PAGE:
On 12 September 2020, JR West introduced a new overnight express sleeper using the Ginga name, the West Express Ginga. [2]

Rolling stock

B-class sleeper berth Train ja Ginga sleepingcar03.jpg
B-class sleeper berth

Ginga trains in 2008 consisted of an EF65-1000 electric locomotive, one "A-class" (first class) sleeper car, and seven "B-class" (second-class) sleeper cars. 24 series sleeping cars were used on this train.

Stations

The westbound Ginga (train No. 101) stopped at Tokyo, Shinagawa, Yokohama, Ōfuna, Odawara, Atami, Shizuoka, Gifu, Maibara, Ōtsu, Kyōto, Shin-Ōsaka and Ōsaka.

The eastbound Ginga (train No. 102) stopped at Osaka, Shin-Osaka, Kyoto, Ōtsu, Maibara, Nagoya, Fuji, Numazu, Atami, Odawara, Ōfuna, Yokohama, Shinagawa, and Tokyo.

History

The name "Ginga" was first carried from the start of the 15 September 1949 timetable revision by the overnight sleeper train departing from Tokyo at 20:30 to Osaka (arriving at 07:54) and the opposite working from Osaka (21:00) to Tokyo (07:30). Other overnight trains between Tokyo and Osaka were named Myōjō and Ryūsei. Initially formed of first and second class cars only, third class seating cars were added to the Ginga formation from 24 September the same year. [3]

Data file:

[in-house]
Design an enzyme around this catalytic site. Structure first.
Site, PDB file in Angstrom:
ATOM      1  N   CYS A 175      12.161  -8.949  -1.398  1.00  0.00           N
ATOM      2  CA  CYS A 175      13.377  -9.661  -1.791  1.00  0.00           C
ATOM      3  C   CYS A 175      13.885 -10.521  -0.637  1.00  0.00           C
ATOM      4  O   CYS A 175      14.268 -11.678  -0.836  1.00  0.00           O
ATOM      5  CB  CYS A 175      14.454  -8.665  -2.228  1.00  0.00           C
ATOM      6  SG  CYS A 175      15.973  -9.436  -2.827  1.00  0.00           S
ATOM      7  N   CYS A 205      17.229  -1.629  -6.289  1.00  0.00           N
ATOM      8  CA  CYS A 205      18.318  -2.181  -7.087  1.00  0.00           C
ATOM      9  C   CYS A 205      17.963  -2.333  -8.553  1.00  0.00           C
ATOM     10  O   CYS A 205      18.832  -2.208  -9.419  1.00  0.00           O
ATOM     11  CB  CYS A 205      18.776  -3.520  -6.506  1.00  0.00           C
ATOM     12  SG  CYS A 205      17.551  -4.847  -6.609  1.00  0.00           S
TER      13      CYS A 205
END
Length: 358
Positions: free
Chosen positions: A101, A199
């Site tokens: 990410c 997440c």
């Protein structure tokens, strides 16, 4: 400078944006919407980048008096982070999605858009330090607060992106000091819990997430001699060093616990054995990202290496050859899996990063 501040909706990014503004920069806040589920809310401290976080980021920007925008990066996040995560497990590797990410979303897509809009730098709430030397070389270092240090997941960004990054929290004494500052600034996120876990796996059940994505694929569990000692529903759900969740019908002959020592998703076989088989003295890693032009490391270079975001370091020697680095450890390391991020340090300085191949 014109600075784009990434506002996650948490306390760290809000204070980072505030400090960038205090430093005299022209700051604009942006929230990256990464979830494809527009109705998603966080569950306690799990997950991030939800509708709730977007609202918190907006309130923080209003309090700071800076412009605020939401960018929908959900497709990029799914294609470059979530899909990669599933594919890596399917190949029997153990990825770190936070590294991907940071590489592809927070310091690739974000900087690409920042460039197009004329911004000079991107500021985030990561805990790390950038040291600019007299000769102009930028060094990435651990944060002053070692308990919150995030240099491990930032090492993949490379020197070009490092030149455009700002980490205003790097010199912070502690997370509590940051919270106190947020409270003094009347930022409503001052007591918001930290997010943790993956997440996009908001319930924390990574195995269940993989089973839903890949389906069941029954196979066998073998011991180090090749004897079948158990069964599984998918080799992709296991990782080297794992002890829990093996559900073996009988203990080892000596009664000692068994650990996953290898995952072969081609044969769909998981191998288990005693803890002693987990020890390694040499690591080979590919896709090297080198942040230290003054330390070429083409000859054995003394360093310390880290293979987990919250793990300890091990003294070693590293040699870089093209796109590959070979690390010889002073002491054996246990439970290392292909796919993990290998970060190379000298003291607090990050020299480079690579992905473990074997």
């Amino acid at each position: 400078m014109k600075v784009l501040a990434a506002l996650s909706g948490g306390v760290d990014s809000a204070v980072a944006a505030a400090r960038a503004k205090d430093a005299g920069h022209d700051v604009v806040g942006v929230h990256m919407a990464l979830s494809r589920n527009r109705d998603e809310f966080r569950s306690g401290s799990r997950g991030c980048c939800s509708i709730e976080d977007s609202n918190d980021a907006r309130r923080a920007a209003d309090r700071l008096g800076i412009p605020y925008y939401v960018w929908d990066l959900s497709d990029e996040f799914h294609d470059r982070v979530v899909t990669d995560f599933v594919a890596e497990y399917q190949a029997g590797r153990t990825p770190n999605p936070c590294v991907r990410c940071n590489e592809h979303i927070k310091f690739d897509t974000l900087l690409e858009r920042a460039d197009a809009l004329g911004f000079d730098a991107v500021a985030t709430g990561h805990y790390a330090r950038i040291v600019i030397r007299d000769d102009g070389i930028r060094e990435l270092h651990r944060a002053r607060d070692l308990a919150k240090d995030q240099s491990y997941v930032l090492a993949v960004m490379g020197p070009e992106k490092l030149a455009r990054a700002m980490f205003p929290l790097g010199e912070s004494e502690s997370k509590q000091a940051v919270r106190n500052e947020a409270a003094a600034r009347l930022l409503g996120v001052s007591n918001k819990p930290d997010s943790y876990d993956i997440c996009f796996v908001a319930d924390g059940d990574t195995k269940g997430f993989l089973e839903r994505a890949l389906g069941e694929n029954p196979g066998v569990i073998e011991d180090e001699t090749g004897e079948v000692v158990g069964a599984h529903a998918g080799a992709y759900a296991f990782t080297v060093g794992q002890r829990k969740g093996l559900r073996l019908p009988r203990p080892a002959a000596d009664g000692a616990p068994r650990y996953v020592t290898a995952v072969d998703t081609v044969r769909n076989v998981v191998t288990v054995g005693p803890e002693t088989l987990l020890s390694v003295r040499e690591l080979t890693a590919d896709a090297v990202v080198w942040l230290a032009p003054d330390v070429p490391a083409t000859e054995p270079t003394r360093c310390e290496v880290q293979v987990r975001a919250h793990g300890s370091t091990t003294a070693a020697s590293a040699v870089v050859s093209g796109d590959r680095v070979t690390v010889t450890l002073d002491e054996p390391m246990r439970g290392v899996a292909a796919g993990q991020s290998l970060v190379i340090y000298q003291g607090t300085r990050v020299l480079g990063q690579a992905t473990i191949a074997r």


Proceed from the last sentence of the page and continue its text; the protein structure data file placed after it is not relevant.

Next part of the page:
11 November 1953 timetable revision

With the completion of electrification to Inazawa, overnight trains between Tokyo and Osaka were increased to four return workings nightly: Myōjō, Ginga, Suisei, and Gekkō. From this date, the Ginga operated from Tokyo (20:30) to Kobe (08:25), with the opposite working from Kobe (20:10) to Tokyo (07:53). From 20 March 1956, third-class sleeping cars were included in the train formations. [3]